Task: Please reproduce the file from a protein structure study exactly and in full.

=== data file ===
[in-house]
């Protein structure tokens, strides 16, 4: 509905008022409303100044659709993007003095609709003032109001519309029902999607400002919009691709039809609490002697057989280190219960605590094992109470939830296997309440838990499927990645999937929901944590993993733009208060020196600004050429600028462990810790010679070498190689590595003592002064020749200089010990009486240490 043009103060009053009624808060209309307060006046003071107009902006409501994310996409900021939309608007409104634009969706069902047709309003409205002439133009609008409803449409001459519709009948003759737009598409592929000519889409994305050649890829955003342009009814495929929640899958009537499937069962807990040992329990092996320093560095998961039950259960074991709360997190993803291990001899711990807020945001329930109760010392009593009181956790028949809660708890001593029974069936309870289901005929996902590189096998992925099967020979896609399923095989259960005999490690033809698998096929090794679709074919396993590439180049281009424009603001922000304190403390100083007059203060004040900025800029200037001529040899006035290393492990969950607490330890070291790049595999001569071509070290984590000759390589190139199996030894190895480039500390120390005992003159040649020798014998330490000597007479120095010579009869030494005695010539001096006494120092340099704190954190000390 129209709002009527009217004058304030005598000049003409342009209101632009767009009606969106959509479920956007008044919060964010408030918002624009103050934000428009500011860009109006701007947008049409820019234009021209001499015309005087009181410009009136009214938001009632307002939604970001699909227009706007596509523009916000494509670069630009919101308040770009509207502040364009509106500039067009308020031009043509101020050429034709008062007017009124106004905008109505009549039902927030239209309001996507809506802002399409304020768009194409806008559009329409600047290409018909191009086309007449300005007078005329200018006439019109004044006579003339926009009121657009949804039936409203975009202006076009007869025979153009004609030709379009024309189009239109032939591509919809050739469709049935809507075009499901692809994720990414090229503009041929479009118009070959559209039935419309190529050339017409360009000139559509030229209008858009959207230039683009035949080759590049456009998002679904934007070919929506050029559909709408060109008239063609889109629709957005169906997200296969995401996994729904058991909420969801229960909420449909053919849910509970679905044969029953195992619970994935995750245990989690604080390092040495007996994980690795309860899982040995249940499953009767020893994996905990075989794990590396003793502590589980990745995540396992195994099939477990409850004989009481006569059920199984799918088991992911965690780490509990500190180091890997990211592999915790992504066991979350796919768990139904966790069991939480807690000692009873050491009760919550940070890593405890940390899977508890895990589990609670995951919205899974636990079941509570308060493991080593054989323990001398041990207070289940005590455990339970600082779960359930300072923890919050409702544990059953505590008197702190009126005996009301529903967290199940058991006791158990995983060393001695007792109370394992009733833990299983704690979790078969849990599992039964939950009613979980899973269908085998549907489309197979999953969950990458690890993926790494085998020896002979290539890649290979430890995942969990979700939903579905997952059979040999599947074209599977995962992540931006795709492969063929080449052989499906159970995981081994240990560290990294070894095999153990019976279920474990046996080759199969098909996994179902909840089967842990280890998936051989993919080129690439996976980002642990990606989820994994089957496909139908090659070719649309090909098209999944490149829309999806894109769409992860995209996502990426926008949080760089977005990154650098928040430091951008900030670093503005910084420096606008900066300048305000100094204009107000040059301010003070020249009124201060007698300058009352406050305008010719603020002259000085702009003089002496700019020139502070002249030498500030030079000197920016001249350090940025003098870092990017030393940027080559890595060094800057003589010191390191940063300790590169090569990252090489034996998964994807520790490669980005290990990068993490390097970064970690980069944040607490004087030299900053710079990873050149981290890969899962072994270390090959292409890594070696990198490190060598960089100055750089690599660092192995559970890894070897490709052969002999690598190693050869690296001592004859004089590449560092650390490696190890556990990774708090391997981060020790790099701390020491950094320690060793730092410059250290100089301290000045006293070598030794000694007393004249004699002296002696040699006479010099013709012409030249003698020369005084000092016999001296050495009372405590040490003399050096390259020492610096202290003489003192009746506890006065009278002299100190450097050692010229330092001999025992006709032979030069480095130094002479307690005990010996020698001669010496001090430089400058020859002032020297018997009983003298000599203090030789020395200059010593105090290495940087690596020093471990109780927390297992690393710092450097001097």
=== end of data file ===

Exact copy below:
[in-house]
């Protein structure tokens, strides 16, 4: 509905008022409303100044659709993007003095609709003032109001519309029902999607400002919009691709039809609490002697057989280190219960605590094992109470939830296997309440838990499927990645999937929901944590993993733009208060020196600004050429600028462990810790010679070498190689590595003592002064020749200089010990009486240490 043009103060009053009624808060209309307060006046003071107009902006409501994310996409900021939309608007409104634009969706069902047709309003409205002439133009609008409803449409001459519709009948003759737009598409592929000519889409994305050649890829955003342009009814495929929640899958009537499937069962807990040992329990092996320093560095998961039950259960074991709360997190993803291990001899711990807020945001329930109760010392009593009181956790028949809660708890001593029974069936309870289901005929996902590189096998992925099967020979896609399923095989259960005999490690033809698998096929090794679709074919396993590439180049281009424009603001922000304190403390100083007059203060004040900025800029200037001529040899006035290393492990969950607490330890070291790049595999001569071509070290984590000759390589190139199996030894190895480039500390120390005992003159040649020798014998330490000597007479120095010579009869030494005695010539001096006494120092340099704190954190000390 129209709002009527009217004058304030005598000049003409342009209101632009767009009606969106959509479920956007008044919060964010408030918002624009103050934000428009500011860009109006701007947008049409820019234009021209001499015309005087009181410009009136009214938001009632307002939604970001699909227009706007596509523009916000494509670069630009919101308040770009509207502040364009509106500039067009308020031009043509101020050429034709008062007017009124106004905008109505009549039902927030239209309001996507809506802002399409304020768009194409806008559009329409600047290409018909191009086309007449300005007078005329200018006439019109004044006579003339926009009121657009949804039936409203975009202006076009007869025979153009004609030709379009024309189009239109032939591509919809050739469709049935809507075009499901692809994720990414090229503009041929479009118009070959559209039935419309190529050339017409360009000139559509030229209008858009959207230039683009035949080759590049456009998002679904934007070919929506050029559909709408060109008239063609889109629709957005169906997200296969995401996994729904058991909420969801229960909420449909053919849910509970679905044969029953195992619970994935995750245990989690604080390092040495007996994980690795309860899982040995249940499953009767020893994996905990075989794990590396003793502590589980990745995540396992195994099939477990409850004989009481006569059920199984799918088991992911965690780490509990500190180091890997990211592999915790992504066991979350796919768990139904966790069991939480807690000692009873050491009760919550940070890593405890940390899977508890895990589990609670995951919205899974636990079941509570308060493991080593054989323990001398041990207070289940005590455990339970600082779960359930300072923890919050409702544990059953505590008197702190009126005996009301529903967290199940058991006791158990995983060393001695007792109370394992009733833990299983704690979790078969849990599992039964939950009613979980899973269908085998549907489309197979999953969950990458690890993926790494085998020896002979290539890649290979430890995942969990979700939903579905997952059979040999599947074209599977995962992540931006795709492969063929080449052989499906159970995981081994240990560290990294070894095999153990019976279920474990046996080759199969098909996994179902909840089967842990280890998936051989993919080129690439996976980002642990990606989820994994089957496909139908090659070719649309090909098209999944490149829309999806894109769409992860995209996502990426926008949080760089977005990154650098928040430091951008900030670093503005910084420096606008900066300048305000100094204009107000040059301010003070020249009124201060007698300058009352406050305008010719603020002259000085702009003089002496700019020139502070002249030498500030030079000197920016001249350090940025003098870092990017030393940027080559890595060094800057003589010191390191940063300790590169090569990252090489034996998964994807520790490669980005290990990068993490390097970064970690980069944040607490004087030299900053710079990873050149981290890969899962072994270390090959292409890594070696990198490190060598960089100055750089690599660092192995559970890894070897490709052969002999690598190693050869690296001592004859004089590449560092650390490696190890556990990774708090391997981060020790790099701390020491950094320690060793730092410059250290100089301290000045006293070598030794000694007393004249004699002296002696040699006479010099013709012409030249003698020369005084000092016999001296050495009372405590040490003399050096390259020492610096202290003489003192009746506890006065009278002299100190450097050692010229330092001999025992006709032979030069480095130094002479307690005990010996020698001669010496001090430089400058020859002032020297018997009983003298000599203090030789020395200059010593105090290495940087690596020093471990109780927390297992690393710092450097001097």